Dr. Robert Wachter, chairman of the medicine department at University of California San Francisco, told The New York Times that he has decided to go back to playing poker with vaccinated friends and taking planes to visit relatives.
He said he's prepared to accept the additional risk in the same way you accept risk when driving in a car.
"I definitely feel more comfortable now especially knowing that more people are getting vaccinated," said Jessi Beuttel, who just moved to Durham from the Atlanta area last week. "Where I don't know other people's situation, I'd probably still wear a mask just for my safety and theirs."
So many of us want to know when we can move on after #Covid_19.— Josh Chapin (@JoshChapinABC11) November 19, 2021
I know I have wondered this.
Then I read what a doctor at @UCSF had to say.
In recent weeks, Dr Robert Wachter believes the time is now to resume some kind of normal activity #abc11
Dr. David Weber, an infectious diseases specialist at UNC Health, said people should feel good about doing Thanksgiving next week if you're vaccinated.
He said you should also feel good about resuming life, especially if you've gotten a shot and you're wearing masks in the right places.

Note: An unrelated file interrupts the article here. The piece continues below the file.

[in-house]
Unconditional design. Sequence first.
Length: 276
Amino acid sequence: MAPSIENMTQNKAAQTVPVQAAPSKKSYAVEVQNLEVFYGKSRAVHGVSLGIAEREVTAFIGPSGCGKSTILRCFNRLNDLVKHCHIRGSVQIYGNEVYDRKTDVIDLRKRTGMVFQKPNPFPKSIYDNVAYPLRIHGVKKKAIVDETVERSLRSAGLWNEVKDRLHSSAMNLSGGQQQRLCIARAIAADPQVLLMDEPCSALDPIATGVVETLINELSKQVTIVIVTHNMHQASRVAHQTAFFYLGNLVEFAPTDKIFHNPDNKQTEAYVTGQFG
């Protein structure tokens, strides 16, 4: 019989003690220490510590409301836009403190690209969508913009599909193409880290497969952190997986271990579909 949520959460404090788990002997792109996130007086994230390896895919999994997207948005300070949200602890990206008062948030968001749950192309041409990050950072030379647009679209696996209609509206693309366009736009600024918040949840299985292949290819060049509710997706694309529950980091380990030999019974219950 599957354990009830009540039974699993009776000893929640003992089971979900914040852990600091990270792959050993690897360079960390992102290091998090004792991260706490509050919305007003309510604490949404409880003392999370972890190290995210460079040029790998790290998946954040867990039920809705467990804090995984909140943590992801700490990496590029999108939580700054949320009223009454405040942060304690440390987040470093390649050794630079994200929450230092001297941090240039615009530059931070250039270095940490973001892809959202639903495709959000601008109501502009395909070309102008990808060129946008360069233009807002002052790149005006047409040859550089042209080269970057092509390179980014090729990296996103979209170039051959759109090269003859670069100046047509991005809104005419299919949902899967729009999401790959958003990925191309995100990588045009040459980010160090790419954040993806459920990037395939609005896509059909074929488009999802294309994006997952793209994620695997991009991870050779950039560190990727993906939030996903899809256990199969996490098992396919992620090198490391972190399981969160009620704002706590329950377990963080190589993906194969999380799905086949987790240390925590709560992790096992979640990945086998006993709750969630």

"There's no question many of us have pandemic fatigue," said Weber. "We'd like to go back to 2018 and hope this was a time warp and the pandemic never happened, but it did. COVID is here, it will be endemic and it continues to take a horrendous toll."
Weber said we have the tools to dramatically reduce the spread of the virus in the same way vaccines helped defeat polio and rubella.
Carl Waden is still not ready to completely go back to normal.
"Although I'm not as apprehensive as I used to be, I think we all still need to be careful," said Waden, who is a teacher in Wake County. "The pandemic is not over but I do think there are the protocols in place that will help us stay safe."